'Hate incidents' and 'hate crimes' are terms used to describe acts of violence or hostility directed at people because of who they are or who someone thinks they are.

Hate incidents and hate crimes can be motivated by prejudice about:

  • Race, colour, ethnic origin, nationality
  • Religion and faith (or lack of religious belief)
  • Gender or gender identity (including resentment of transgender people, transsexuals and transvestites and transphobia)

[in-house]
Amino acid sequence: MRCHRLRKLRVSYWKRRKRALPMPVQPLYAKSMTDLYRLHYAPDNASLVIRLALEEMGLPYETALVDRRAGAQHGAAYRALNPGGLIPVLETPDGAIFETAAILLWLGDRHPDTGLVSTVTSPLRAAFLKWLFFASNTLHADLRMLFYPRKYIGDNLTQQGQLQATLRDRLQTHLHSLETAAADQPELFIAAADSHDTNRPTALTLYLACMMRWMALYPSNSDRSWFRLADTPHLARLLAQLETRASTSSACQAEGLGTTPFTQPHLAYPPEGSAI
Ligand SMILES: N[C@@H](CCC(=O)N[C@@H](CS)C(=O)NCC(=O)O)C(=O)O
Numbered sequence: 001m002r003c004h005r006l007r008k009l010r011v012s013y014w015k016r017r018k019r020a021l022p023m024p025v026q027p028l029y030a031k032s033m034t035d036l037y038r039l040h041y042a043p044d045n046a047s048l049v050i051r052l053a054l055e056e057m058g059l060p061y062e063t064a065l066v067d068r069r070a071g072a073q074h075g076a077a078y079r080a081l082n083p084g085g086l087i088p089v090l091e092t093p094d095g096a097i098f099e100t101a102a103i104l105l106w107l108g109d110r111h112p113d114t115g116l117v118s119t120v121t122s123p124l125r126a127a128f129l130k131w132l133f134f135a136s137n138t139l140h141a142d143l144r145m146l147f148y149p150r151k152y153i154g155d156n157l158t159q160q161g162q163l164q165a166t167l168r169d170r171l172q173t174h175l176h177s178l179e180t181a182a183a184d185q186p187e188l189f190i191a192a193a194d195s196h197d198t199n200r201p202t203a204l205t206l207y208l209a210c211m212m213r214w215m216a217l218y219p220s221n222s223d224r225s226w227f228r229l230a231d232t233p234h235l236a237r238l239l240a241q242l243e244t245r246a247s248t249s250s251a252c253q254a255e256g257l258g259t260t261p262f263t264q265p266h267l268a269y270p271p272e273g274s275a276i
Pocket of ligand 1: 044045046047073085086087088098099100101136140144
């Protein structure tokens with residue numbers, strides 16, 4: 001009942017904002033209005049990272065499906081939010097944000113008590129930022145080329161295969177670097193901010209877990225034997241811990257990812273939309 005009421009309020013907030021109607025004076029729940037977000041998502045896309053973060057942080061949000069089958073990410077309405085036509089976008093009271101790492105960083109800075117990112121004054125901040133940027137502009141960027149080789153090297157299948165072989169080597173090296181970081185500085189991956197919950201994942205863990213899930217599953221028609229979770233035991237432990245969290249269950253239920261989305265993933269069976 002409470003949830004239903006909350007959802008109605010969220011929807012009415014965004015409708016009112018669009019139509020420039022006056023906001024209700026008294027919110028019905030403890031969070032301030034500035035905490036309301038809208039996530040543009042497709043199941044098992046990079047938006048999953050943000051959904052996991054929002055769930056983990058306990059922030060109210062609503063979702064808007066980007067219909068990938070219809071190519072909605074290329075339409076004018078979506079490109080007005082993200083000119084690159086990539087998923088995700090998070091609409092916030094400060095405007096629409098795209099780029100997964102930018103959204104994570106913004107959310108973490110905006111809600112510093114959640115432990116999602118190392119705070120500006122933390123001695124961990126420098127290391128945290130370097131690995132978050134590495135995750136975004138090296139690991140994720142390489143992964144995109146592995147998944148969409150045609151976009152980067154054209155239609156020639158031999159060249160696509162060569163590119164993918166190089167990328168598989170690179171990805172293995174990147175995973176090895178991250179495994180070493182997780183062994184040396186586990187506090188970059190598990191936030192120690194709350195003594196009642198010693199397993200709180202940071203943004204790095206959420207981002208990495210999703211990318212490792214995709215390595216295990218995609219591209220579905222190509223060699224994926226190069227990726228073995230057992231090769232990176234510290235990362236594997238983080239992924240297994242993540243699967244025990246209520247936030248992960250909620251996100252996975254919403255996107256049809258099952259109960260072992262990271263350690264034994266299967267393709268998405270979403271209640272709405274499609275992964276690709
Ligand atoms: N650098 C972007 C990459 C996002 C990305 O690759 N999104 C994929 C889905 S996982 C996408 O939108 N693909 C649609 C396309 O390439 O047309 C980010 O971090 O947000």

• Sexual orientation (including homophobia and biphobia)
  • Disability (including physical disabilities, sensory impairments, learning disabilities, mental health issues and any other impairments)

A victim does not have to be a member of the group at which the hostility is targeted. For example, a person does not have to be a disabled person to be a victim of a disability hate incident. Neither does a person have to be gay to be a victim of a homophobic hate incident.

Hate incidents can be a one-off or part of an ongoing campaign of harassment or intimidation.

Hate incidents are not only carried out by strangers. They could be carried out by a carer, a neighbour, a teacher or someone considered a friend.


There are two ways you can tell us what happened